advised educators in several states to buy reading materials for the
Reading First program from those publishers. The Reading First
director, Chris Doherty, resigned in 2006, days before the release of
Mr. Higgins’s report, which disclosed a number of e-mail messages in
which Mr. Doherty referred to contractors or educators who favored
alternative curriculums seen as competitors to the Reading First
approach as ”dirtbags” who he said were ”trying to crash our
party.” International Herald Tribune
TX: Gov. commitment to tolls shows with picks
A week after Gov. Rick Perry said in a speech that he’ll fight to keep
toll roads at the center of any plans to solve Texas’ transportation
needs, he proved it by naming his former chief of staff to lead the
Texas Transportation Commission. Mr. Perry also reached inside the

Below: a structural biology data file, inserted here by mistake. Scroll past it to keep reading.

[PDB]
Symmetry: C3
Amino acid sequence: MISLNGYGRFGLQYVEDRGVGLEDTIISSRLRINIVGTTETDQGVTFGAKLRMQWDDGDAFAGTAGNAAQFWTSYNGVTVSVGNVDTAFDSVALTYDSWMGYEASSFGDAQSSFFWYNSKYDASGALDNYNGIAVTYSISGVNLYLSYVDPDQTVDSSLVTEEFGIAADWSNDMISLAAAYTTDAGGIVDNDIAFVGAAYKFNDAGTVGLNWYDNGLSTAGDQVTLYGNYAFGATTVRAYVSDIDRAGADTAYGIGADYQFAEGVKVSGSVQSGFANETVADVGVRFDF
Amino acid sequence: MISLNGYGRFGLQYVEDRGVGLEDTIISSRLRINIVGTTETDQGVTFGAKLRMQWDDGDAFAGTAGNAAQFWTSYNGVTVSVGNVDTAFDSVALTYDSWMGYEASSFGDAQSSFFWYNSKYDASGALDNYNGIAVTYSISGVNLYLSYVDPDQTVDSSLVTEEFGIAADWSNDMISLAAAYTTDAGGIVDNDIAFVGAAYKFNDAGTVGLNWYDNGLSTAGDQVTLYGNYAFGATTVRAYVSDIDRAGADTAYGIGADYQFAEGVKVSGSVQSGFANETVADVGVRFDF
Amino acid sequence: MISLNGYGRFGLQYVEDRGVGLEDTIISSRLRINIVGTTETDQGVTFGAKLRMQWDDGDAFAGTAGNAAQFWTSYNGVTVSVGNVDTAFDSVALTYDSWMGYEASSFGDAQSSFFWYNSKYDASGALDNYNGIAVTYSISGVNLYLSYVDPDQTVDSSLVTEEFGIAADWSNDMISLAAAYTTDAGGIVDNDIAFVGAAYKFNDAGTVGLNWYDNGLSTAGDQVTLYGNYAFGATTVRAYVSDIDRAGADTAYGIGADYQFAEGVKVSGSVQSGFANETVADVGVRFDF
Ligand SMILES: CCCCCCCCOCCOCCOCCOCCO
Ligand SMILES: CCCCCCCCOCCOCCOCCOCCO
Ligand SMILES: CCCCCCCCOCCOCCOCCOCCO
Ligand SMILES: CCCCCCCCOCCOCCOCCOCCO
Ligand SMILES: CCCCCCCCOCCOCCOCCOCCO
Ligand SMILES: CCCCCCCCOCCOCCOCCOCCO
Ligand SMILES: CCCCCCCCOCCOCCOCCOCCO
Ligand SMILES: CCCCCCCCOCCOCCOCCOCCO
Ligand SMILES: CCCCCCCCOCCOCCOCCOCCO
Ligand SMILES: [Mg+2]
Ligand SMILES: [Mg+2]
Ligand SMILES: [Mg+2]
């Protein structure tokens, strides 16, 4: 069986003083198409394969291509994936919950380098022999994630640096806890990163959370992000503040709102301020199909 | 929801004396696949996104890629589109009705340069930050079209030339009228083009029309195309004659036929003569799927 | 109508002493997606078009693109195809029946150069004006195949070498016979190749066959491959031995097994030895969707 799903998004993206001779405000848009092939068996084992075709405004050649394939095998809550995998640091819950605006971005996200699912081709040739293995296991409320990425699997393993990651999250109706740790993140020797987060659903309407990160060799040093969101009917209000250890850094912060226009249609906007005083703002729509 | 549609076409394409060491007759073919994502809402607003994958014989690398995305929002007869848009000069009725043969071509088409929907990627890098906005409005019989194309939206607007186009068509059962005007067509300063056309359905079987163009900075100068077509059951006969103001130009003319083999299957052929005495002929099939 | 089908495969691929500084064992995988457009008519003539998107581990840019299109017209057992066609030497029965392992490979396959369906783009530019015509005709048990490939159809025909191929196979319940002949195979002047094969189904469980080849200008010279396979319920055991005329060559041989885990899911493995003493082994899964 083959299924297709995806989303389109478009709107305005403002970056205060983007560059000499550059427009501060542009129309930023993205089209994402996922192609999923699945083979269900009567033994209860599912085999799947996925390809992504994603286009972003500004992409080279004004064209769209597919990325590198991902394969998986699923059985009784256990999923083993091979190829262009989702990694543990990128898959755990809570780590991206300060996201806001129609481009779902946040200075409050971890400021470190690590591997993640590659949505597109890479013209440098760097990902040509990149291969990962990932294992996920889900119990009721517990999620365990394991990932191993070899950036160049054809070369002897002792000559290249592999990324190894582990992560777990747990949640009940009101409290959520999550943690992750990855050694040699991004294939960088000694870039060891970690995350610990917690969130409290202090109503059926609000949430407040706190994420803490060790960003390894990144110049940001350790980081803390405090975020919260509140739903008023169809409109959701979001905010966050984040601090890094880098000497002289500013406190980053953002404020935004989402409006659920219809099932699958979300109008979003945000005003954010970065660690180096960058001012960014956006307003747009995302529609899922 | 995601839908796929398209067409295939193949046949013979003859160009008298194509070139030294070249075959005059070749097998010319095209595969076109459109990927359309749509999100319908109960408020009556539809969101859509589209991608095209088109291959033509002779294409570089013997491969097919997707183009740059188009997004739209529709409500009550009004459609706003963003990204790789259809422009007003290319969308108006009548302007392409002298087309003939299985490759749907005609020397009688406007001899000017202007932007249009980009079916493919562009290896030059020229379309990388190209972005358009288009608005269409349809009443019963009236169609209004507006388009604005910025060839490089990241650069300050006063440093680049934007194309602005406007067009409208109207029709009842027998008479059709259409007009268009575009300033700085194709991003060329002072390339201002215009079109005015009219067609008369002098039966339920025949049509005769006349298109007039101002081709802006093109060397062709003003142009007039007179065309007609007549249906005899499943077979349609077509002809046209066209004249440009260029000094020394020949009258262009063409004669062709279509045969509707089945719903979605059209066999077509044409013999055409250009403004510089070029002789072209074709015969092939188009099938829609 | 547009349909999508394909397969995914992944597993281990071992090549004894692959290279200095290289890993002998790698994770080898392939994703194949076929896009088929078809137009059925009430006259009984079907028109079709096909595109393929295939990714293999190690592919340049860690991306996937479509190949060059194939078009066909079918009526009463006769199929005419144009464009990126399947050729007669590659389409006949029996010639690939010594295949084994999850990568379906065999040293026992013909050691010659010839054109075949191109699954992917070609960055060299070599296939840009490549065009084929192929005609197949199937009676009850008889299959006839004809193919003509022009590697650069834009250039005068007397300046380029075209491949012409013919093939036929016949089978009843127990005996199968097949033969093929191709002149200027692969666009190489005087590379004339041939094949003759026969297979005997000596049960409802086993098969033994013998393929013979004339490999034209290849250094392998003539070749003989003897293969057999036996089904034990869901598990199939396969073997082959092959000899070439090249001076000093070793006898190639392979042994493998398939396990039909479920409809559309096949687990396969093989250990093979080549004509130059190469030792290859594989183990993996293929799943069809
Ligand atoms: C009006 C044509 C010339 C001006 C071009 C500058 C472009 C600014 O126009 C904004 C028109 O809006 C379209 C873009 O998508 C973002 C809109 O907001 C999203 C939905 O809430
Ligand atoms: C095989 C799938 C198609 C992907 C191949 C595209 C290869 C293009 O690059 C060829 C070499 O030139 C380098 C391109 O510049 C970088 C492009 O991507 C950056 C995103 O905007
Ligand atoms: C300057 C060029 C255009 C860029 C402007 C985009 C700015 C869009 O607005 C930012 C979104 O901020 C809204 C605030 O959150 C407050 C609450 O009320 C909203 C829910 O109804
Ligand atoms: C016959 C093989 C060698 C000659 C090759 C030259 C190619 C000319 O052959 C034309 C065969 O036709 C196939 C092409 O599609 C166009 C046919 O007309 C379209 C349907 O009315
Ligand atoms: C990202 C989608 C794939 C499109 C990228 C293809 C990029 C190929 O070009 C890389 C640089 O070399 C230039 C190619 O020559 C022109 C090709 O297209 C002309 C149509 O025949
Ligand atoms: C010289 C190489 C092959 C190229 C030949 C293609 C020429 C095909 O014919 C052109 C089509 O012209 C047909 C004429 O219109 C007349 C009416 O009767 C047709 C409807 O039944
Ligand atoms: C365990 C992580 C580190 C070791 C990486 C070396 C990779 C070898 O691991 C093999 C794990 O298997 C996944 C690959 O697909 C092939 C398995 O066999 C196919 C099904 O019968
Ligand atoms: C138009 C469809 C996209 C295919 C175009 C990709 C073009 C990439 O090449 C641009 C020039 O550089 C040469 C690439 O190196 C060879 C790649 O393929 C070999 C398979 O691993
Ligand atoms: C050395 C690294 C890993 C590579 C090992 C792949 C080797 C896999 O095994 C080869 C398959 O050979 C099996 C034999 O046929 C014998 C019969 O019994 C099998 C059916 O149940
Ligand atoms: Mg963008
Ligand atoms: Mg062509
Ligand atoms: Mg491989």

board room of the North Texas Tollway Authority Wednesday, selecting
that agency’s vice chairman to also serve on the five-member
commission, which sets policy for the nearly 15,000-employee Texas
Department of Transportation. The new chairman is Mr. Perry’s former
aide, Deirdre Delisi, 35 of Austin. Ms. Delisi replaces Hope Andrade of
San Antonio, who had been serving as interim chairman. The appointment
of NTTA vice chairman William Meadows, a Fort Worth businessman, fills
the vacancy left open by the December death of commission chairman Ric
Williamson. Mr. Williamson was an old friend of Mr. Perry’s whose
outsized personality had helped push TxDOT’s pro-toll road policies
through several sessions of the Legislature, until they ran into a road
block last session. Dallas Morning News
Wisconsin governor’s troubled efficiency plan falls short
The headline-grabbing claim from Gov. Jim Doyle in March 2005 couldn’t
have been clearer. At a news conference, Doyle said his administration